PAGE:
What is customer advocacy?

I’ve been doing some work with a tech company in silicon valley, helping them to review and improve their customer reference program. I’ve interviewed a number of people around the organization, and every person that I speak to has a different take on what constitutes a customer reference.

When I’m planning a new system, I use three different terms:

Customer Advocacy: A programmatic approach to using the positive experience of your customers to support your sales and marketing activities through references and evidence. In some programs, Customer Advocacy is also extended to deal with neutral and negative customers – aiming to convert neutrals into promoters, and negatives to neutrals.

Customer Reference: Using a customer’s time to discuss the benefits that they gained from the product/service. This may include a visit from a prospective customer, a phone call, press interview, analyst call or conference appearance.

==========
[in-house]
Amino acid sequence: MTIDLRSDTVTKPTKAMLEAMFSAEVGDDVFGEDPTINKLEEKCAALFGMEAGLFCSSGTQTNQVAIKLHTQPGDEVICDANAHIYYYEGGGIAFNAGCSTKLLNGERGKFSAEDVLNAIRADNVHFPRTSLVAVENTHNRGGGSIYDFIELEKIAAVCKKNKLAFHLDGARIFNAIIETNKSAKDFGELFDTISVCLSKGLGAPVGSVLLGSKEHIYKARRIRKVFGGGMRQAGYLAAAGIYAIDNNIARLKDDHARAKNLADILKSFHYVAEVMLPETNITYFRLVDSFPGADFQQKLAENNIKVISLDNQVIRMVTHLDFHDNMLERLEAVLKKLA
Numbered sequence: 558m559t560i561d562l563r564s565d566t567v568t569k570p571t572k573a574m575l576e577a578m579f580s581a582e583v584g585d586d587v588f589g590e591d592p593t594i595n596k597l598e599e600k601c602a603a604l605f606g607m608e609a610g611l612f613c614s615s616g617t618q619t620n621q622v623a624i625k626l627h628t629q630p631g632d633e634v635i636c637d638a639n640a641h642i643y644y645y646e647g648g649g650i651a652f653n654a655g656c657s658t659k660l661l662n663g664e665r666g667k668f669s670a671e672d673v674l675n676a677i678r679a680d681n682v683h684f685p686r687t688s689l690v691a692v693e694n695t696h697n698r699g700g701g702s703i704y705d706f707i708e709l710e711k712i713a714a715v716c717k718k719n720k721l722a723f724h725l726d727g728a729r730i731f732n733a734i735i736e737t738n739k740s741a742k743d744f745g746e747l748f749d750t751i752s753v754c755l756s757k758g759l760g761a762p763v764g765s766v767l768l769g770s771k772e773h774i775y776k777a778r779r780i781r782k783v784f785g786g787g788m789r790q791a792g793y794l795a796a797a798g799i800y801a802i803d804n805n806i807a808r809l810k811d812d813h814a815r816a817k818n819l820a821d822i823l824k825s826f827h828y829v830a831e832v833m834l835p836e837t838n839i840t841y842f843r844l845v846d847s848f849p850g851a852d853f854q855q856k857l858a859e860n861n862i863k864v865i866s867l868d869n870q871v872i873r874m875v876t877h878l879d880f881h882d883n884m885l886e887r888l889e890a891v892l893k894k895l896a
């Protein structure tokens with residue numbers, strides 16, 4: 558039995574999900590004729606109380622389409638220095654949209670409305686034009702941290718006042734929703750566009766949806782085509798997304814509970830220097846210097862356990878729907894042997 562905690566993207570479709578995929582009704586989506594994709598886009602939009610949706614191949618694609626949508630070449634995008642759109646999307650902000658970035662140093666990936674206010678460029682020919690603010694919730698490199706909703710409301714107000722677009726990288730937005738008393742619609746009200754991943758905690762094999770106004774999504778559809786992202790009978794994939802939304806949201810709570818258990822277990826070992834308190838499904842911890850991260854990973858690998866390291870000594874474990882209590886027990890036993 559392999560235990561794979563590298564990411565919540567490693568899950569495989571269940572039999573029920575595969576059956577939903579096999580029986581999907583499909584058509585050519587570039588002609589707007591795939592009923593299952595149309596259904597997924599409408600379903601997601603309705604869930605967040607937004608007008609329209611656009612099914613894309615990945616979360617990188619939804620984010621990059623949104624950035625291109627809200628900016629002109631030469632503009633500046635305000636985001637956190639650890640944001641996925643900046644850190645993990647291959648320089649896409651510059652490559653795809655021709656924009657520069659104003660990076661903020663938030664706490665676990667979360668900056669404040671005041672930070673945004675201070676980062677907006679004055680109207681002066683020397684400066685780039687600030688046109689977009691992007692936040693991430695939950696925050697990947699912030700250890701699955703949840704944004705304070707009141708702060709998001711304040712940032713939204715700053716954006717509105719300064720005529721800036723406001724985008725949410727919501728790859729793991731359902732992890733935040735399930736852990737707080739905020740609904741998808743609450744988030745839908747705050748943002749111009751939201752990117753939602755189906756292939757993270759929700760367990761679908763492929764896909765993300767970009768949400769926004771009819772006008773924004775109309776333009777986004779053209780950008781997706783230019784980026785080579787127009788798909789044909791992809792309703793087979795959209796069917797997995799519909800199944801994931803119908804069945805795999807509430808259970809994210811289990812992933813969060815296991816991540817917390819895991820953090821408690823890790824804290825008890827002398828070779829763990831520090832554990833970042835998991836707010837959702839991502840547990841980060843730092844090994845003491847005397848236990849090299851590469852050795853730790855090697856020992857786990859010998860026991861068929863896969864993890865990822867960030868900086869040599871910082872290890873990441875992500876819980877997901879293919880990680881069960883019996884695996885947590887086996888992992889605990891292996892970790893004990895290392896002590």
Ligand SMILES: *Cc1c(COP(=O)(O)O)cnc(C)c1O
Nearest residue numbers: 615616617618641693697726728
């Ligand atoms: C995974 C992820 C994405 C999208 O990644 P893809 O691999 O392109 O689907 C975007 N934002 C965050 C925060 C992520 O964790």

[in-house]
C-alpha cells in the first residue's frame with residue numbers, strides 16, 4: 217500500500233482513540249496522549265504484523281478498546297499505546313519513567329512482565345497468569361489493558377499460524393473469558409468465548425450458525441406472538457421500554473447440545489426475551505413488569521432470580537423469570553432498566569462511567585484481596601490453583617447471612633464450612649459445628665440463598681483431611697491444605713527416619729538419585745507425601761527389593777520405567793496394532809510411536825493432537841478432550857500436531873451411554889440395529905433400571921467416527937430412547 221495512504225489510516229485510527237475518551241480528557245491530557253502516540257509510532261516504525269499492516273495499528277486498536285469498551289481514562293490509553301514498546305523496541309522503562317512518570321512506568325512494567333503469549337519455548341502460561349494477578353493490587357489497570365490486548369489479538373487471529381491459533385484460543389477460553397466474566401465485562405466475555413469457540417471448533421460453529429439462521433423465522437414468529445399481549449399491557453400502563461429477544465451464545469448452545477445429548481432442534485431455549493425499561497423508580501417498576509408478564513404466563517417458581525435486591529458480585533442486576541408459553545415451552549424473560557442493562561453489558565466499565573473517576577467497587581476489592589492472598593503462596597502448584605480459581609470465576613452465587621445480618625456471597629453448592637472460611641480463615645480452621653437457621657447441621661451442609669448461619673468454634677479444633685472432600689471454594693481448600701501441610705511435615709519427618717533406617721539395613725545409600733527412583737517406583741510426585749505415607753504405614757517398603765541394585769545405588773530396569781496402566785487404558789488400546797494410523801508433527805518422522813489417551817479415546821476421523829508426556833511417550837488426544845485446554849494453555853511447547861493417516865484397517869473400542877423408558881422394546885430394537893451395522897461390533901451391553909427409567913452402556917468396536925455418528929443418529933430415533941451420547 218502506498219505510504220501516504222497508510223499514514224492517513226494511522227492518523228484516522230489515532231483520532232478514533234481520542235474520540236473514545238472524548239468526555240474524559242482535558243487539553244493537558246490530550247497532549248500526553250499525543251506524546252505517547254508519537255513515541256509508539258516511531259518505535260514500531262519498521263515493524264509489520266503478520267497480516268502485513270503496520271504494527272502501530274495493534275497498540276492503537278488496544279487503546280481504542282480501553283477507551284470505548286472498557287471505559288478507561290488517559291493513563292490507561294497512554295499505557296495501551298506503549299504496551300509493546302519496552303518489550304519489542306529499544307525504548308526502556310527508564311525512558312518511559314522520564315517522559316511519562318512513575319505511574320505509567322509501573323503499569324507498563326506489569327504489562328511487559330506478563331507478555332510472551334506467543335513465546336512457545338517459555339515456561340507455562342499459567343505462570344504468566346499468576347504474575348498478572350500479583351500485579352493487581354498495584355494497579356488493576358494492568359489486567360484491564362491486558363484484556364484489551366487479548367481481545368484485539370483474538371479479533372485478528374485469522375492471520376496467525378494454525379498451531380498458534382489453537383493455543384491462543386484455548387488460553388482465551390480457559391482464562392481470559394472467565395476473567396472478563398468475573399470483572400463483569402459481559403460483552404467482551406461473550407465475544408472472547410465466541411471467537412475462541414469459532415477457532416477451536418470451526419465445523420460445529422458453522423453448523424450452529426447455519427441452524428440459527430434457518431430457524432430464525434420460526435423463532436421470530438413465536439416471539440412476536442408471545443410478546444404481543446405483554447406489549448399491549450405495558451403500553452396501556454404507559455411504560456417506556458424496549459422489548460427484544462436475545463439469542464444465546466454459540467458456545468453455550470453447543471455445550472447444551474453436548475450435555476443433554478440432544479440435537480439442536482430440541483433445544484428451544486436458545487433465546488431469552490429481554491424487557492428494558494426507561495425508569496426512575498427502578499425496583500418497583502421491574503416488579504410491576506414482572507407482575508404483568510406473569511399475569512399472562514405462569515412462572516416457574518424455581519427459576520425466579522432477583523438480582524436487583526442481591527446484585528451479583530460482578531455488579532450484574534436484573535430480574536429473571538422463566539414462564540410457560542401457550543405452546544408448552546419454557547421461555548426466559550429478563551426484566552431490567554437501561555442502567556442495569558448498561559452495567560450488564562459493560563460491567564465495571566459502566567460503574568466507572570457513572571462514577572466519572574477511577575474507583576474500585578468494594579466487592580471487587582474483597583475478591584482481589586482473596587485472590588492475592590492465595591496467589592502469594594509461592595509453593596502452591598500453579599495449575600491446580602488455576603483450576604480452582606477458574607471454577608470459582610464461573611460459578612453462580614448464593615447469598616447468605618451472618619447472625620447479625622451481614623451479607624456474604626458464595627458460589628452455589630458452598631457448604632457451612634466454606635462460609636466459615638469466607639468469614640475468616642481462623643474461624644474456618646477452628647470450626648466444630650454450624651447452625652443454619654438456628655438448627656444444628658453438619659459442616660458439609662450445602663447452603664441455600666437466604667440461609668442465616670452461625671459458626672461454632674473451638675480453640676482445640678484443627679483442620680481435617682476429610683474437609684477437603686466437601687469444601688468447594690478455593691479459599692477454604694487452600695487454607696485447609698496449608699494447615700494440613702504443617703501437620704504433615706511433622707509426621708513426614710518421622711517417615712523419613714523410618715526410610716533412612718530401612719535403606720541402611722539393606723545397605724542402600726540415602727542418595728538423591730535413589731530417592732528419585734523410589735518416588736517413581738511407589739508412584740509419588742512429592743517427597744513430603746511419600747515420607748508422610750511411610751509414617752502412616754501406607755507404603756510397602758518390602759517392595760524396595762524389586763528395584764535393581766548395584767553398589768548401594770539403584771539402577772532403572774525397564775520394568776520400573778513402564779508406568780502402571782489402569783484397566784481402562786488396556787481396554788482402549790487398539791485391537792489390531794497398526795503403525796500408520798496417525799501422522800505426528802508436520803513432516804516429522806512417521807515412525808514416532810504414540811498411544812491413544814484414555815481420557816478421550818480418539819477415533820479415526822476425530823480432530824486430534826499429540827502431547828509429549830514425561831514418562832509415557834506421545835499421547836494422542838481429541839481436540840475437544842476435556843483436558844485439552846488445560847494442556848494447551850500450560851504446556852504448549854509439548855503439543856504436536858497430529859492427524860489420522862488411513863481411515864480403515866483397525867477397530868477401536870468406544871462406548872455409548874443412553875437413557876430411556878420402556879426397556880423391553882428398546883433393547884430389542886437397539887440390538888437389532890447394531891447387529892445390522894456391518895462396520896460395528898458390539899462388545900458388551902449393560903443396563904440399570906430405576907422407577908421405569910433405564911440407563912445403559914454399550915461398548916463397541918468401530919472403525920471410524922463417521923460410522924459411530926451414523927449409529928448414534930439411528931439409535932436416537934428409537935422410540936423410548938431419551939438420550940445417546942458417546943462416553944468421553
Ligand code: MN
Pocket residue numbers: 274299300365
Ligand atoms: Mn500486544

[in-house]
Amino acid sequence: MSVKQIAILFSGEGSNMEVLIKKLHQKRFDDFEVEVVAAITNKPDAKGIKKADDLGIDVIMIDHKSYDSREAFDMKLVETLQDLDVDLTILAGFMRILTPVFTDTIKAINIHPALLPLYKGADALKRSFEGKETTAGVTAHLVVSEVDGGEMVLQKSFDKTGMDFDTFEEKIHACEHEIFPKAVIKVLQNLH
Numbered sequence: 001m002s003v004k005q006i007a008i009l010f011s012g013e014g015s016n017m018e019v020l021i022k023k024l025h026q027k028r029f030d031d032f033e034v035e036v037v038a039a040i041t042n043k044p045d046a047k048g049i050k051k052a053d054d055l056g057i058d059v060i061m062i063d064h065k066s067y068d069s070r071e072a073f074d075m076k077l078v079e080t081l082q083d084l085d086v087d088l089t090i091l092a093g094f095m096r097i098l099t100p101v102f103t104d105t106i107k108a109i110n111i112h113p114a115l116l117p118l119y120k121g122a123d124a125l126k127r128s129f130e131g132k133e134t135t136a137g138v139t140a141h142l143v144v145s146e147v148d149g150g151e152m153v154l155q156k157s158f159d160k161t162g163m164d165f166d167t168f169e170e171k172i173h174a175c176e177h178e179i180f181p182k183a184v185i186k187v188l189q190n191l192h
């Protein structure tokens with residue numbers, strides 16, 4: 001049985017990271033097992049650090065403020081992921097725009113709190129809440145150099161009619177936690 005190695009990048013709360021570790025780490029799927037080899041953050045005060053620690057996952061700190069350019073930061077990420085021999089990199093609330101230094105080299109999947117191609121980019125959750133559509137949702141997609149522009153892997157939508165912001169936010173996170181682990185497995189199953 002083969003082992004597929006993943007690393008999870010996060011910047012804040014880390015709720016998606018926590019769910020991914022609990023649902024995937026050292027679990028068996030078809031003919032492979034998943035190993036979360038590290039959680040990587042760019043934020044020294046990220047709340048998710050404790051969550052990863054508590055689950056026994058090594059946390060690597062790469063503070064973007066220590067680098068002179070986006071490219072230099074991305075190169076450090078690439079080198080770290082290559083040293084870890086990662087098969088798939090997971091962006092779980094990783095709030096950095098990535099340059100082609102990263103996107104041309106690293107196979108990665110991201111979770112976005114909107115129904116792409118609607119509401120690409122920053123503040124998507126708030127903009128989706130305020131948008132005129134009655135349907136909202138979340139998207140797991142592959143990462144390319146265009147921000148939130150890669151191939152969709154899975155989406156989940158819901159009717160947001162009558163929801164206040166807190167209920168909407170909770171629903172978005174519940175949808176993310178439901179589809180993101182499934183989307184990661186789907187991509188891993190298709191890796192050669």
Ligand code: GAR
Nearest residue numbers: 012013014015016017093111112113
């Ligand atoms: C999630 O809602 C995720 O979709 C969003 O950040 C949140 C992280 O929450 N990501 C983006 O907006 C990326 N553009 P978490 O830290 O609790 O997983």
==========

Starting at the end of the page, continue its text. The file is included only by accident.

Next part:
Customer Evidence: This is the recorded material that results from a customer agreeing to be a reference. This may include logo use, quote, case study, video, podcast etc.

Why do I separate them in this way? Mainly because references and evidence are typically managed by different groups of people. References are typically controlled by the sales organization, and evidence is typically owned by marketing (with the blessing of sales).

If you’re producing a system to support your customer advocacy efforts you should start by definining which types of advocacy you want to manage. 


One Response to “What is customer advocacy?”

  1. Where do you hang out? « marketing and technology Says:

    […] marketing and technology The musings of a marketing technology consultant « What is customer advocacy? […]

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